By Jason Snell
May 22, 2020 1:24 PM PT
Fun With Charts: The march of iOS software
This week’s charts tell the story of how Apple rolls out releases of software for the iPhone, iPod touch, and iPad—and when the last update of that operating-system cycle finally shipped.
In the beginning, a new version of the iPhone OS arrived in the early summer (as did new iPhones). Since 2011 it’s been an affair for the fall, as Apple moved to a schedule where it announces the new operating system at WWDC in the summer and ships the final version in September—at least, since 2012.
The all-time champions are iOS 9 and 10, mostly owing to a GPS bug-fix update for a handful of models that forced Apple to dig into source code of both versions to release a fix. (Hence iOS 9’s chart-busting average number of days between updates, below.) Apple has also released three updates to iOS 12 thus far in 2020, including one this very week!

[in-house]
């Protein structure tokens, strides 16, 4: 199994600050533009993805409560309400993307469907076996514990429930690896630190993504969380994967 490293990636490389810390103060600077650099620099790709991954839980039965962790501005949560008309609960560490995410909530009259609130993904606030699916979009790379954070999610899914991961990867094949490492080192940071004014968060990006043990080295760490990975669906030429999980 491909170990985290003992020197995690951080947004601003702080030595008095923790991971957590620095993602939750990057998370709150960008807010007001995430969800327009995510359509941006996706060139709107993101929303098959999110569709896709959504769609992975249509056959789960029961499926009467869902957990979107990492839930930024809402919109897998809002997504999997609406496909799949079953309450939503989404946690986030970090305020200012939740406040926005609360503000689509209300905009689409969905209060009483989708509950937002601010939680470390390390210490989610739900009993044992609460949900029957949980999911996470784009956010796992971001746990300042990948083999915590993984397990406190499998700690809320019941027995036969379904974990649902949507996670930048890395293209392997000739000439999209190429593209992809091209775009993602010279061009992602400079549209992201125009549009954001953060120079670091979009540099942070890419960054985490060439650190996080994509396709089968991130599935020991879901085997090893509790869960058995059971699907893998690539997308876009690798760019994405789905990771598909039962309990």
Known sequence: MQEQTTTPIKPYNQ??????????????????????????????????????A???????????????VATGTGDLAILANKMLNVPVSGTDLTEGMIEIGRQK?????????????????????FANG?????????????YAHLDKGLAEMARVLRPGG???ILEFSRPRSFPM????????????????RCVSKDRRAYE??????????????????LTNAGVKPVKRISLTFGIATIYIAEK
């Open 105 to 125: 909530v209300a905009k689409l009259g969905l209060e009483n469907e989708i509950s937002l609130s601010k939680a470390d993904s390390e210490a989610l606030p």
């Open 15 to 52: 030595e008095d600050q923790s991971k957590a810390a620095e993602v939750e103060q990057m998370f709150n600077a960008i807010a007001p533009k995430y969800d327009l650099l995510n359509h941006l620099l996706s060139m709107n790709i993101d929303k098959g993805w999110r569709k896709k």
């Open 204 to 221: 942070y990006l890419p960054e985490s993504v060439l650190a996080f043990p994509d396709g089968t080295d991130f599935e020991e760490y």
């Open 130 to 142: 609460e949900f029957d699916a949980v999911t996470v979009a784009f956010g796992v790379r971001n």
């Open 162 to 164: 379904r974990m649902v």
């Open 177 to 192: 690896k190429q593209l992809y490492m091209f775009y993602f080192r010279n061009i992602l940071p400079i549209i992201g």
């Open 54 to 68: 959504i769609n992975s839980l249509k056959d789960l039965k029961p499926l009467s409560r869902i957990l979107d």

Keying off of my macOS version chart, I thought I’d calculate the number of total updates each version saw across its lifetime and the average pace of those updates. iOS 11, which had a reputation for being a bit unstable, saw 16 separate updates during its 10 months. Close behind was iOS 4, which had 17 updates in 13 months, though a bunch of those were due to the late-cycle release of the first CDMA iPhone.
However, iOS 13 currently holds the lead on the pace of releases, owing to its initial iPhone-only release, several rapid-release bug fixes in September and October, and the COVID-19-prompted version 13.5 release of this week.
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